Welcome to Flask MongoAlchemy’s documentation!

Flask-MongoAlchemy adds support for MongoDB on Flask using MongoAlchemy. Source code and issue tracking are available at Github. If you want to get started, check out the example source code.


You can easily install using pip:

$ [sudo] pip install Flask-MongoAlchemy

If you prefer, you may use the latest source version by cloning the following git repository:

$ git clone https://github.com/cobrateam/flask-mongoalchemy.git
$ cd flask-mongoalchemy
$ [sudo] python setup.py develop

Make sure you have MongoDB installed to use it.


It is very easy and fun to use Flask-MongoAlchemy to proxy between Python and MongoDB.

All you have to do is create a MongoAlchemy object and use it to declare documents. Here is a complete example:

from flask import Flask
from flask.ext.mongoalchemy import MongoAlchemy
app = Flask(__name__)
app.config['MONGOALCHEMY_DATABASE'] = 'library'
db = MongoAlchemy(app)

class Author(db.Document):
    name = db.StringField()

class Book(db.Document):
    title = db.StringField()
    author = db.DocumentField(Author)
    year = db.IntField()

As you can see, extending the Document is all you need to create a document.

Now you can create authors and books:

>>> from application import Author, Book
>>> mark_pilgrim = Author(name='Mark Pilgrim')
>>> dive = Book(title='Dive Into Python', author=mark_pilgrim, year=2004)

And save them:

>>> mark_pilgrim.save()
>>> dive.save()

If you make any changes on a document, you may call save() again:

>>> mark_pilgrim.name = 'Mark Stalone'
>>> mark_pilgrim.save()

And you can remove a document from the database by calling its remove() method:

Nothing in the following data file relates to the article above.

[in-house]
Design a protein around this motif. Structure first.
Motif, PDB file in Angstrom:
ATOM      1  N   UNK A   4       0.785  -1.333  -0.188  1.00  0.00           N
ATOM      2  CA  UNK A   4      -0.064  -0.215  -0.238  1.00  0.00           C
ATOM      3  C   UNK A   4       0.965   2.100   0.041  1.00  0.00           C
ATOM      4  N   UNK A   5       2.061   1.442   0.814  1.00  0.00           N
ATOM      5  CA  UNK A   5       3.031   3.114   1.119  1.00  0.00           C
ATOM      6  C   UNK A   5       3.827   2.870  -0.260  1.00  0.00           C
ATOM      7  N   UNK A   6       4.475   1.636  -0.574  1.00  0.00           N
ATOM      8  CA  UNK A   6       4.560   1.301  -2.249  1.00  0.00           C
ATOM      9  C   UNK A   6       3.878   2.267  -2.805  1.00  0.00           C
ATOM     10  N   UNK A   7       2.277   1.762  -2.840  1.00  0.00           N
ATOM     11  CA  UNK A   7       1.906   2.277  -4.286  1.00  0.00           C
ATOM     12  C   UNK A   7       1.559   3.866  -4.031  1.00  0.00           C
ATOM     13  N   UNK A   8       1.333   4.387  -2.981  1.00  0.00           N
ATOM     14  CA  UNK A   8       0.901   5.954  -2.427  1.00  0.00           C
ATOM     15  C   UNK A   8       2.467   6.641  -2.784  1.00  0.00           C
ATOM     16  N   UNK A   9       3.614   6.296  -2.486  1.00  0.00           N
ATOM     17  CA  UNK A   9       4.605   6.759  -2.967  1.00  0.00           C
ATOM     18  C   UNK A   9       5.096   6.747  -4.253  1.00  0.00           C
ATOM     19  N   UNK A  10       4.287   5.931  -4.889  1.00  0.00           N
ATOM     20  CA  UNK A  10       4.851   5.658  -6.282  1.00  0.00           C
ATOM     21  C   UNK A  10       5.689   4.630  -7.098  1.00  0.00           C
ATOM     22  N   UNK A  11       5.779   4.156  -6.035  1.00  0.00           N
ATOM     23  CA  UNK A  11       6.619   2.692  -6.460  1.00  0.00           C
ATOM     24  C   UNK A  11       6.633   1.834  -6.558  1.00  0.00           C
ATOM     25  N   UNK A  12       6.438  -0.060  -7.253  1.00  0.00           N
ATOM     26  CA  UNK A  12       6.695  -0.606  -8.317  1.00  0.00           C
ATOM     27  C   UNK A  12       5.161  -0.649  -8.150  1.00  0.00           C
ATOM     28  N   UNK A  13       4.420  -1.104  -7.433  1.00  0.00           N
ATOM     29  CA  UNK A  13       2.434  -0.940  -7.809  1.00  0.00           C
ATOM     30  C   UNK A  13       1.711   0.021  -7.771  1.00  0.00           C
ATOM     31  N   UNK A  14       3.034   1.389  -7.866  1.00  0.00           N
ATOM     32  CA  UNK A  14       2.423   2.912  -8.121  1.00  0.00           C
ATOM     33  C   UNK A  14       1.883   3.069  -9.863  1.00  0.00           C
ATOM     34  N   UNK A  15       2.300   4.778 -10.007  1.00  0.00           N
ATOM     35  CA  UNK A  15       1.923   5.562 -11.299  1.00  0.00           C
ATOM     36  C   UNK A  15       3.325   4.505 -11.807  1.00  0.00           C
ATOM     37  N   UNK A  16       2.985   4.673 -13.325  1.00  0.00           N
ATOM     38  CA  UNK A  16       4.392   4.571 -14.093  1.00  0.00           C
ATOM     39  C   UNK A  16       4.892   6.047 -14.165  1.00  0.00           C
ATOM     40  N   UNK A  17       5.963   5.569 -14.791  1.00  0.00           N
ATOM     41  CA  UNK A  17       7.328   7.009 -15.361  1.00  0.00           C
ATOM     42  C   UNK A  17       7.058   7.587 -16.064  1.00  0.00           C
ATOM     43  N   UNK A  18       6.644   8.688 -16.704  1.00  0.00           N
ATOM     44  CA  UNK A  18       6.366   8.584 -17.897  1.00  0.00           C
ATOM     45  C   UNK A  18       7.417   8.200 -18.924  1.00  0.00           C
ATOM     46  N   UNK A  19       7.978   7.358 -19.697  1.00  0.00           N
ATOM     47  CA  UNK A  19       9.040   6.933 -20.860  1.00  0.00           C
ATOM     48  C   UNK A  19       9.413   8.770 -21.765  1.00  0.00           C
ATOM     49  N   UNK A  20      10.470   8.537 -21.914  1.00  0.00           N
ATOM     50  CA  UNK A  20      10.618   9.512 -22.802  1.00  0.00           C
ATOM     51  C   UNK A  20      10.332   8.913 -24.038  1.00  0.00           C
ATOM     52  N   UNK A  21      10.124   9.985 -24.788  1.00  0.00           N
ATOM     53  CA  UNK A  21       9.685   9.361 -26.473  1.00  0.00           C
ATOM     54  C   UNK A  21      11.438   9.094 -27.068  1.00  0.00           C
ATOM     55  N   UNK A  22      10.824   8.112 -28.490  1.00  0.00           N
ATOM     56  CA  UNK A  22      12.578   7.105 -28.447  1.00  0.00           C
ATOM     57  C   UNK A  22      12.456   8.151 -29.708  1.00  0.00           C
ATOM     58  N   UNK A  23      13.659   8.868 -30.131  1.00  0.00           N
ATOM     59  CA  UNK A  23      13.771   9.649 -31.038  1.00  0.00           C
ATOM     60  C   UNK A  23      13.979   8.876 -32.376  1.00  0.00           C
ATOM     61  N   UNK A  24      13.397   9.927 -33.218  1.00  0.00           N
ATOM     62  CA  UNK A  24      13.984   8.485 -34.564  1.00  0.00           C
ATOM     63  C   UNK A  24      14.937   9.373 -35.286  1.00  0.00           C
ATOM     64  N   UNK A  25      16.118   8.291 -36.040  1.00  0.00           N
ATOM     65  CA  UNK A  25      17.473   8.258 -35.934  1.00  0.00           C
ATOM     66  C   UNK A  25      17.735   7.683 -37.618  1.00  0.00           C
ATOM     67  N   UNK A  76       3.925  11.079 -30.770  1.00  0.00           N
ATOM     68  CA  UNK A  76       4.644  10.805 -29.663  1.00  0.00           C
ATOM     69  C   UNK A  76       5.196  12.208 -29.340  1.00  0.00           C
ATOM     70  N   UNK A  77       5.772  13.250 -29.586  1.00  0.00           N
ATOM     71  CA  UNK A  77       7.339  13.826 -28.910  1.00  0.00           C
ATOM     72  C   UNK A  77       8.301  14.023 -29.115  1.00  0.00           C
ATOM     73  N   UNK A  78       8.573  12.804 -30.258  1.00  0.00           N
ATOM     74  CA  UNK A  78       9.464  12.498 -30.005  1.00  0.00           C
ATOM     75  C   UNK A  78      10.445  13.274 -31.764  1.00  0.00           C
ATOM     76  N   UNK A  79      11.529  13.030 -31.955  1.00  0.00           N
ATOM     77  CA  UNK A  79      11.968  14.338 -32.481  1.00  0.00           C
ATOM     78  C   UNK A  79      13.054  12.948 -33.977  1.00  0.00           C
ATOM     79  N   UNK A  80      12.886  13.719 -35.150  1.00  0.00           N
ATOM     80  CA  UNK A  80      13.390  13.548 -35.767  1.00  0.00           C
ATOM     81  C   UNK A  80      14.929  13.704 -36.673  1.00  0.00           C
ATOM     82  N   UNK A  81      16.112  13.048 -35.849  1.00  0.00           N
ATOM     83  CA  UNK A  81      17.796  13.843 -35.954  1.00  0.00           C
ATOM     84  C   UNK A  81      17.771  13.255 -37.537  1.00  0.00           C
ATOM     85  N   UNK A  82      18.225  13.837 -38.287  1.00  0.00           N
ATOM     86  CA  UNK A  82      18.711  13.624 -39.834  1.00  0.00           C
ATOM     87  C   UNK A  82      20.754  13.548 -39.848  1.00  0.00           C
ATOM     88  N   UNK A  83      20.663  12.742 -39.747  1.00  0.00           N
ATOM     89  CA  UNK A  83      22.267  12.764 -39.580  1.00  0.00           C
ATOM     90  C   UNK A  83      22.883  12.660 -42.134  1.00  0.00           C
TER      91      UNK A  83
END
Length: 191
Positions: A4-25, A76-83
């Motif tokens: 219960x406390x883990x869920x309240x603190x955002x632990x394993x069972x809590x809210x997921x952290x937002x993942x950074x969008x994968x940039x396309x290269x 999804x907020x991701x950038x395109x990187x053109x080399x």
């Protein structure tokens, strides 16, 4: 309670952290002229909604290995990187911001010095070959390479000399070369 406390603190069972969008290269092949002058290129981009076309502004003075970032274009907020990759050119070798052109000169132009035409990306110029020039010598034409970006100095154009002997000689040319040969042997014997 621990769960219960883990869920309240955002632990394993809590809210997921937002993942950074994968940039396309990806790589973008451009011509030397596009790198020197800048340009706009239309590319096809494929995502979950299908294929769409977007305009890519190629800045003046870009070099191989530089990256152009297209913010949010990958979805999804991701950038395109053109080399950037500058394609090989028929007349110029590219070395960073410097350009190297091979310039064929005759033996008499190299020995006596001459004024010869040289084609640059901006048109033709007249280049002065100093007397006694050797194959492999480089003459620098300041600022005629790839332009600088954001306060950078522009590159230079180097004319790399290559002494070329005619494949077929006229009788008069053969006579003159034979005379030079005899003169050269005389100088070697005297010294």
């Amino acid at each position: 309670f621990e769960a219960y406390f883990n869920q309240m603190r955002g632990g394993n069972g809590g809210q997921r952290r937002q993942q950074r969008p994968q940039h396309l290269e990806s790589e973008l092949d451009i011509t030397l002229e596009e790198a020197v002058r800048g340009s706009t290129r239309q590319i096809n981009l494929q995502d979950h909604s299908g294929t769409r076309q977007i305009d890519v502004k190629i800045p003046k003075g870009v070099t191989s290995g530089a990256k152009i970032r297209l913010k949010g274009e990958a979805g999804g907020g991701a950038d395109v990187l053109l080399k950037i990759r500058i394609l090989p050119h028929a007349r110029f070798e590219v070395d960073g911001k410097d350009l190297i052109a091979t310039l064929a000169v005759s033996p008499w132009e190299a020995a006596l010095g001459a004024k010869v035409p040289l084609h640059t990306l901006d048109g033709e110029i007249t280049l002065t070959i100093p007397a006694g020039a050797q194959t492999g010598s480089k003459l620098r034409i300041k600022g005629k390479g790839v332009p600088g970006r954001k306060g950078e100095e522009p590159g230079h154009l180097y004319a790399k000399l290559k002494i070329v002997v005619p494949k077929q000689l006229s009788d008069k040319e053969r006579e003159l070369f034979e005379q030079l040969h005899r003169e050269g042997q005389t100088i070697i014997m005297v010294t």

>>> dive.remove()

Another basic operation is querying for documents. Every document has a query class property. It’s very simple to use it:

>>> mark = Author.query.get('76726')
>>> mark.name = 'Mark Pilgrim'
>>> mark.save()

You also can use the filter method instead of the get() method:

>>> mark = Author.query.filter(Author.name == 'Mark Pilgrim').first()
>>> mark.name = 'Steve Jobs'
>>> mark.save()

Do you want to go further? Dive deep into the API docs.

Using authenticated connections

It’s possible to use authentication to connect to a MongoDB server. The authentication can be server based or database based.

The default behavior is to use server based authentication, to use database based authentication, you need to turn off the config value MONGOALCHEMY_SERVER_AUTH (see the next section for more detail on configuration values):

>>> app.config['MONGOALCHEMY_SERVER_AUTH'] = False

Configuration values

The following configuration values are present in Flask-MongoAlchemy:

MONGOALCHEMY_DATABASE The database name that should be used for the connection.

The MongoDB server.

Default value: localhost


Listening port of the MongoDB server.

Default value: 27017


User for database connection.

Default value: None


Password for database connection.

Default value: None


Use session in safe mode. When in safe mode, all methods like save and delete wait for the operation to complete.

Default value: False


Pass extra options to the MongoDB server when connecting.

e.g.: safe=true Default value: None


Boolean value indicating to use server based authentication or not. When False, will use database based authentication.

Default value: True


Name of the replica set to be used. Empty for no replica sets.

Default value: ````

MONGOALCHEMY_CONNECTION_STRING The connection string to use, when it’s defined, Flask MongoAlchemy will ignore other connection settings previously specified.

When MongoAlchemy or init_app() are invoked with only one argument (the Flask instance), a configuration value prefix of MONGOALCHEMY is assumed; this can be overridden with the config_prefix argument, for example:

app = Flask(__name__)

# defaulting to MONGOENGINE prefix
mongo1 = MongoAlchemy(app)